Registrants will also need to complete a short, written statement for each piece of non-approved learning to explain why it is relevant to their CPD.
Asked for her thoughts on what makes high-quality CPD, Chan observed that it is any learning that can help to change a healthcare professional’s practice for the better.
“If what we do is constantly changing, then we have to evolve with that,” she shared.
“We have to change the way that we interface with the world. What you learned in optometry school is not going to see you through your whole career,” Chan said.
She advised against embarking on a professional development journey alone, noting that reflection is seldom taught within undergraduate courses.
“It is an atrophied skill. If flipping towards a more reflective and tailored learning experience – don’t try to do it alone... If you want to change your practice, finding someone who can act as a mentor, coach, or even as a peer, is useful,” she added.
In September, the AOP launched a new mentoring programme for newly qualified members to receive additional support from more experienced members.
Within the new CPD scheme, there is flexibility for optometrists to study a wide range of subjects and incorporate non-approved CPD which may be completed alongside other healthcare disciplines.
Chan emphasised that healthcare professionals should not operate in silos. “If you are only focusing on the expertise of your specialty, then you are probably not comprehensively thinking about all the skills you need to be a great practitioner,” she said.
“There’s a reason why footballers sometimes learn to dance. There’s a reason why ballerinas sometimes take karate. When you are an elite performer in a certain domain, sometimes going outside of your own field to learn new techniques and skills from another discipline will be the nudge you need to realise what you were missing,” Chan elaborated.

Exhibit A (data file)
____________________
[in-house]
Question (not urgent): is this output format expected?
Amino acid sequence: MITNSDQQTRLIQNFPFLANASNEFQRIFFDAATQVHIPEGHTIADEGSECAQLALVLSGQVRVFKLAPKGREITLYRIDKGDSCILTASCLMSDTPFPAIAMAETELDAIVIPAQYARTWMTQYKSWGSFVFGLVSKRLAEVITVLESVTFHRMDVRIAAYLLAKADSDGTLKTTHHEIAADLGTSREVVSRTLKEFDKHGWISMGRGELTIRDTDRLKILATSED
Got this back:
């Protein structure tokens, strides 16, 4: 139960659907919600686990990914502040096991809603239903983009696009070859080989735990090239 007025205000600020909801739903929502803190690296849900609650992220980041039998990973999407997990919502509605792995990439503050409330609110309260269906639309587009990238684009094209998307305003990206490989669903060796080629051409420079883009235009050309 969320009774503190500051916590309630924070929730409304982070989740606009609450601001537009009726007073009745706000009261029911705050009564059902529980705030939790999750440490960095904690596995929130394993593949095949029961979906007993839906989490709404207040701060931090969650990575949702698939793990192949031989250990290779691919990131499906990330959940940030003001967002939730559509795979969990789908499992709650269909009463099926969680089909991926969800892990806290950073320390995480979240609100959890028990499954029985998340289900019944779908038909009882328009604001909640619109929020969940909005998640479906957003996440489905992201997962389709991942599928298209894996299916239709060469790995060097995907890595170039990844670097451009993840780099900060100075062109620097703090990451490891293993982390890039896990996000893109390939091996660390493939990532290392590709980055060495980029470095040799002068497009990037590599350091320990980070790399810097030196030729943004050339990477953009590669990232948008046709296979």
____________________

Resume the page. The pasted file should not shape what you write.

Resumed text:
Optometrist and Cardiff University academic, Marek Karas, is also an advocate of professionals stepping outside their comfort zone when it comes to CPD.
Last year, Karas and colleagues published Continuing professional development requirements for UK health professionals: a scoping review in BMJ Open.
“My research in this field has woken me up to realise that my behaviour is to do things that I want to do, not what I should be doing. Now I tend to go and do courses that I am less confident in,” he said.
Planned learning is a key aspect of CPD that differentiates it from CET. At the moment, medics are the only healthcare profession within the UK that use objective measures within this process.
When people can choose what they learn without objective input there can be a tendency to focus on areas that they are already knowledgeable about. "What you should be training in is what you are not good at. What you don’t know is what you should be focusing on, not what you know," Karas emphasised.
In their overview of CPD requirements for health professionals in the UK, Karas and colleagues note that of the nine statutory regulators for healthcare professions, the GOC is the only regulator to use the term CET rather than CPD.
They highlight that while CET instils the core skills needed for continuing practice, CPD has a broader ambition to develop the individual across their whole career.
“It asks the practitioner to reflect on their own practice, identify their own individual learning needs, plan to meet these needs, and then evaluate their learning while documenting this cycle in a personal development plan or portfolio,” the authors noted.
Before the introduction of the new CPD scheme, the GOC was the only UK healthcare regulator outside of medicine that accredits CET.
My research in this field has woken me up to realise that my behaviour is to do things that I want to do, not what I should be doing
From January next year, the GOC will audit a certain percentage of CPD providers each year rather than approving each piece of CET.
“The question remains open – is that a good thing or a bad thing?” Karas said.
Whether the new scheme supports high-quality CPD will be influenced by how the GOC manages different quality assurance processes, he added. Despite some remaining uncertainty on the scheme’s implementation, Karas emphasised his support for the GOC’s expansion into CPD.
“Moving to the new framework from standards of competency to standards of practice will mean a move from what we practise to how we practise. The advantage is that you allow the practitioner to evolve – and acknowledge this evolution because optometrists are already doing it,” he noted.